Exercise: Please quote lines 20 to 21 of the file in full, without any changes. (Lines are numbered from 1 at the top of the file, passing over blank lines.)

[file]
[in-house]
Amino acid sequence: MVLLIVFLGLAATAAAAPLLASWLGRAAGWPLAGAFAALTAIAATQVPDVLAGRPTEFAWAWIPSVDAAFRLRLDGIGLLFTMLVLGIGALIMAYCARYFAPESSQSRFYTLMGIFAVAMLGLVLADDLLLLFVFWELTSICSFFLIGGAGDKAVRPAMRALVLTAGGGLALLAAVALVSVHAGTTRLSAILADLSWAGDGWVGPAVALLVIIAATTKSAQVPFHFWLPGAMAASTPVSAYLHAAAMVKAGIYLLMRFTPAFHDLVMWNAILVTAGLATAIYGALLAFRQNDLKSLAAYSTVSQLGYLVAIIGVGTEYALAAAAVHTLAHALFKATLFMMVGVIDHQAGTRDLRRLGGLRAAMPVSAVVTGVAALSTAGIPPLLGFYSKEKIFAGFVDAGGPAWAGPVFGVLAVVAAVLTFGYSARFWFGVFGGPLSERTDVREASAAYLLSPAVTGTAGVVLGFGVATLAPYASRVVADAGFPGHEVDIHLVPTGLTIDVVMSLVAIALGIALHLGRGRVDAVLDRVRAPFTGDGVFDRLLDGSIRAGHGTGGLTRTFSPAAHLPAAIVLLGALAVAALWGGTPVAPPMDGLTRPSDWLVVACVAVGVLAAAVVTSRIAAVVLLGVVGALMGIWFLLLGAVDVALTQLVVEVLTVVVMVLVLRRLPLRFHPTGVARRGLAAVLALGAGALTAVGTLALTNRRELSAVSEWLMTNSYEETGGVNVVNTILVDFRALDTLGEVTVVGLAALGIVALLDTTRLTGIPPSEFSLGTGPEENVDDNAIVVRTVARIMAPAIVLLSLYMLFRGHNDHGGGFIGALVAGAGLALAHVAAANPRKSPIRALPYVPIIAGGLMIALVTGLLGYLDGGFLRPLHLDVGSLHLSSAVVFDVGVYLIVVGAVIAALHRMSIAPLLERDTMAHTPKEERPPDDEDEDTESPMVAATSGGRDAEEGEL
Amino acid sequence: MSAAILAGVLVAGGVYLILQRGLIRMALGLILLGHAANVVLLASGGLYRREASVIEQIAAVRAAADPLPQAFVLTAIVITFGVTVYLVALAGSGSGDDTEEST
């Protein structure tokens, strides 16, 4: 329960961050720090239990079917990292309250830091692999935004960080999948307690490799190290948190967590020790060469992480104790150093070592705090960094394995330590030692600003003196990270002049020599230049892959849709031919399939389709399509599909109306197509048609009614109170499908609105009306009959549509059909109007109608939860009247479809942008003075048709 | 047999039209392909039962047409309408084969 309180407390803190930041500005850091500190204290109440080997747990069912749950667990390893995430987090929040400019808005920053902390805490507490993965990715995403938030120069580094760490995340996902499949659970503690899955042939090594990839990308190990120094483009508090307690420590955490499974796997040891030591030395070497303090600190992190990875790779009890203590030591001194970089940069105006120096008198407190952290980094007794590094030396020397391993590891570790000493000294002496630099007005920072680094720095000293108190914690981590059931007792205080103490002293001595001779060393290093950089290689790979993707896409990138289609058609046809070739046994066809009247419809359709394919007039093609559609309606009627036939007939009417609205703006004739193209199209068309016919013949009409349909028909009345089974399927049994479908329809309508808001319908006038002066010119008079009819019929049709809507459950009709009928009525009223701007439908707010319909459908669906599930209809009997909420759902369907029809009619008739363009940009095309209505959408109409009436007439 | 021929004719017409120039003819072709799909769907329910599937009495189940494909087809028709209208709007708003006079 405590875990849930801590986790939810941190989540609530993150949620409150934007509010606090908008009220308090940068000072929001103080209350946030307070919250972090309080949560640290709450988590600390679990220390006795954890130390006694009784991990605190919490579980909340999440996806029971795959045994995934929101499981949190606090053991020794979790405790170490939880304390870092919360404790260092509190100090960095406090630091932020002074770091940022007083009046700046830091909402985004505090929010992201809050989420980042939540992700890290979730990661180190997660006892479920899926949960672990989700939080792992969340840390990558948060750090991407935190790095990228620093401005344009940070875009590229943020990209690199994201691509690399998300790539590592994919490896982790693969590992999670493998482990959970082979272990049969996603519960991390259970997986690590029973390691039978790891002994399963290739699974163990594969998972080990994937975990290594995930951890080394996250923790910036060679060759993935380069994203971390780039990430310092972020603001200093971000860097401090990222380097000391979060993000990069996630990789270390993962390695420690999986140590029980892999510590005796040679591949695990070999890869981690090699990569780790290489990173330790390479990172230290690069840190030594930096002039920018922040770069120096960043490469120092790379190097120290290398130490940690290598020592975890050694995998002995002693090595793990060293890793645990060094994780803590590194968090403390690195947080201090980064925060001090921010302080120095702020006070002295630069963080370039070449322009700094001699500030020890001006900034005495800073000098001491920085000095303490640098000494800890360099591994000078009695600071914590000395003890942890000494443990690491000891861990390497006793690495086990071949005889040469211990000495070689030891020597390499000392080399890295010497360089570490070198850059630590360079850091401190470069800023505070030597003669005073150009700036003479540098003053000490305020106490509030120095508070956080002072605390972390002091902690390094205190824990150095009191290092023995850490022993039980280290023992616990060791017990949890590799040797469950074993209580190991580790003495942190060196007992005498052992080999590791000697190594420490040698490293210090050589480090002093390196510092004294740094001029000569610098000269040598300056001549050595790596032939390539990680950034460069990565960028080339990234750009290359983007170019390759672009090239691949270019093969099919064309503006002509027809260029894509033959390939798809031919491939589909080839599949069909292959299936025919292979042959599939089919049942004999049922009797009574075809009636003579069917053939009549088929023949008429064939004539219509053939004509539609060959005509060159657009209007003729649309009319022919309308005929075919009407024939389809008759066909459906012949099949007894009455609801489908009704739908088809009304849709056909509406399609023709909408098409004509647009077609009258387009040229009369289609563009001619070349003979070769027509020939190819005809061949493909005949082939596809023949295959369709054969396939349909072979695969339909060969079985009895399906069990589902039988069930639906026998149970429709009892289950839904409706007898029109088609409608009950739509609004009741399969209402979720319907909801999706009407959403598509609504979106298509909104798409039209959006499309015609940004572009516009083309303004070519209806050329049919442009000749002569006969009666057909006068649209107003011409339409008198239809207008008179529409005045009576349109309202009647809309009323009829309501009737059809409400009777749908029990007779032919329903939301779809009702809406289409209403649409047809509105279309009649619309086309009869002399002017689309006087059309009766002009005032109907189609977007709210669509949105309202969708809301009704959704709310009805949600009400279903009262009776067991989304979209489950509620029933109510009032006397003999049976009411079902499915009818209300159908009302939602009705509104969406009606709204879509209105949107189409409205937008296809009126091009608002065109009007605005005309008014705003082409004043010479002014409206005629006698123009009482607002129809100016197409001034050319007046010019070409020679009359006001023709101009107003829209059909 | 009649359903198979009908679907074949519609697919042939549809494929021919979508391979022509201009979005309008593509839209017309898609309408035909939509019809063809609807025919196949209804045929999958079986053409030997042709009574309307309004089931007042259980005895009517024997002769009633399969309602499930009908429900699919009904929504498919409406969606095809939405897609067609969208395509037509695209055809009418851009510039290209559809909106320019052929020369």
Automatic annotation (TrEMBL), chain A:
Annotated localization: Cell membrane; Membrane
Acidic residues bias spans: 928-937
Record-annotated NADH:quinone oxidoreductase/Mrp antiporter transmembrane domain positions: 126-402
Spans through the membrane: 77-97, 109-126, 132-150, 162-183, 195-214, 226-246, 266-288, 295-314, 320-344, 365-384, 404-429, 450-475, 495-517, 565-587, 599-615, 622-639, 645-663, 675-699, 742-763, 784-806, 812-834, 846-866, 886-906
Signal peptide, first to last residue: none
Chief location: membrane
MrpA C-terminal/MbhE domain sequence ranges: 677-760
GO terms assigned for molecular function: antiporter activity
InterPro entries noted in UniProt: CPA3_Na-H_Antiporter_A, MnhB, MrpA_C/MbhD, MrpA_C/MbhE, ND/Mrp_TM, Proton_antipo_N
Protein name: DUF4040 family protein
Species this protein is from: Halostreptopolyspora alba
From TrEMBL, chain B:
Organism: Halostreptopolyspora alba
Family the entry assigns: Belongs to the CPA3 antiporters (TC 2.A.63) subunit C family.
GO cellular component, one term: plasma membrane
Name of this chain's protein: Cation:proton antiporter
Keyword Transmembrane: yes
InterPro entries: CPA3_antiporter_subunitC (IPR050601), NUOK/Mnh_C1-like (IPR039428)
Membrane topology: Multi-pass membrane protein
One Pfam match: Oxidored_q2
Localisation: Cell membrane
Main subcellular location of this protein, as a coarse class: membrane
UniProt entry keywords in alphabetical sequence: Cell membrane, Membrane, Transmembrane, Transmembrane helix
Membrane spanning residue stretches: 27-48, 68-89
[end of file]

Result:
GO cellular component, one term: plasma membrane
Name of this chain's protein: Cation:proton antiporter